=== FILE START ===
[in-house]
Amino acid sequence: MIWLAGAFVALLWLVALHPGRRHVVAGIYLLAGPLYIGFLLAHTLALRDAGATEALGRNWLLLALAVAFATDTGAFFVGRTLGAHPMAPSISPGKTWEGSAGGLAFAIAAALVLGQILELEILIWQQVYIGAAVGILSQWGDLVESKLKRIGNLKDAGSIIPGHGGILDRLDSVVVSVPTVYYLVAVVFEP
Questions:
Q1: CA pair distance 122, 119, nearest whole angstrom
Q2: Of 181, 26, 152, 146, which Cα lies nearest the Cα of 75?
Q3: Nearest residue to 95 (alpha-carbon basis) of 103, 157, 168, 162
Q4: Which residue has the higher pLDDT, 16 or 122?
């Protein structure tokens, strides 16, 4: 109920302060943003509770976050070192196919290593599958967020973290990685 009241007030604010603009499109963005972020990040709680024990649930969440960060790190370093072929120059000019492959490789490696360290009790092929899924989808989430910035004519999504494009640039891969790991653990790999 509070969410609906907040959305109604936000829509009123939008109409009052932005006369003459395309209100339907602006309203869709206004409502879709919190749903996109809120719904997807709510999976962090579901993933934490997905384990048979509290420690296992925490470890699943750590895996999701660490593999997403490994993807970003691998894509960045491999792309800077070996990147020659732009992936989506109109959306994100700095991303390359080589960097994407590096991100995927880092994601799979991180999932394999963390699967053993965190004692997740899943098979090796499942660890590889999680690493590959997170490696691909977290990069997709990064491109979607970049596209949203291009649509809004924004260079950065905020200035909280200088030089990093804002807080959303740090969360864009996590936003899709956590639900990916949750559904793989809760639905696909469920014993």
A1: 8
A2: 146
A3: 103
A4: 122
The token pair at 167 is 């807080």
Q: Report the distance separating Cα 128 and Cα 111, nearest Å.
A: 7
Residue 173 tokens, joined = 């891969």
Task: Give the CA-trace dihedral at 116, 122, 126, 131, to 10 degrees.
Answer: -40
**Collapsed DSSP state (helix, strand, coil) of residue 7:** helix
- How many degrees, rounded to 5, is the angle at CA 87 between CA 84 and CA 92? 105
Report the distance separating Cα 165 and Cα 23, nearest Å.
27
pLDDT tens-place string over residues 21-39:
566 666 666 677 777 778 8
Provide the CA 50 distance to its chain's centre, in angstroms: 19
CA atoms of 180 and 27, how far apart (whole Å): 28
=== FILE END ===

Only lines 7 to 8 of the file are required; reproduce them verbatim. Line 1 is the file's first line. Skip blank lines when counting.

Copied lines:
Q4: Which residue has the higher pLDDT, 16 or 122?
């Protein structure tokens, strides 16, 4: 109920302060943003509770976050070192196919290593599958967020973290990685 009241007030604010603009499109963005972020990040709680024990649930969440960060790190370093072929120059000019492959490789490696360290009790092929899924989808989430910035004519999504494009640039891969790991653990790999 509070969410609906907040959305109604936000829509009123939008109409009052932005006369003459395309209100339907602006309203869709206004409502879709919190749903996109809120719904997807709510999976962090579901993933934490997905384990048979509290420690296992925490470890699943750590895996999701660490593999997403490994993807970003691998894509960045491999792309800077070996990147020659732009992936989506109109959306994100700095991303390359080589960097994407590096991100995927880092994601799979991180999932394999963390699967053993965190004692997740899943098979090796499942660890590889999680690493590959997170490696691909977290990069997709990064491109979607970049596209949203291009649509809004924004260079950065905020200035909280200088030089990093804002807080959303740090969360864009996590936003899709956590639900990916949750559904793989809760639905696909469920014993």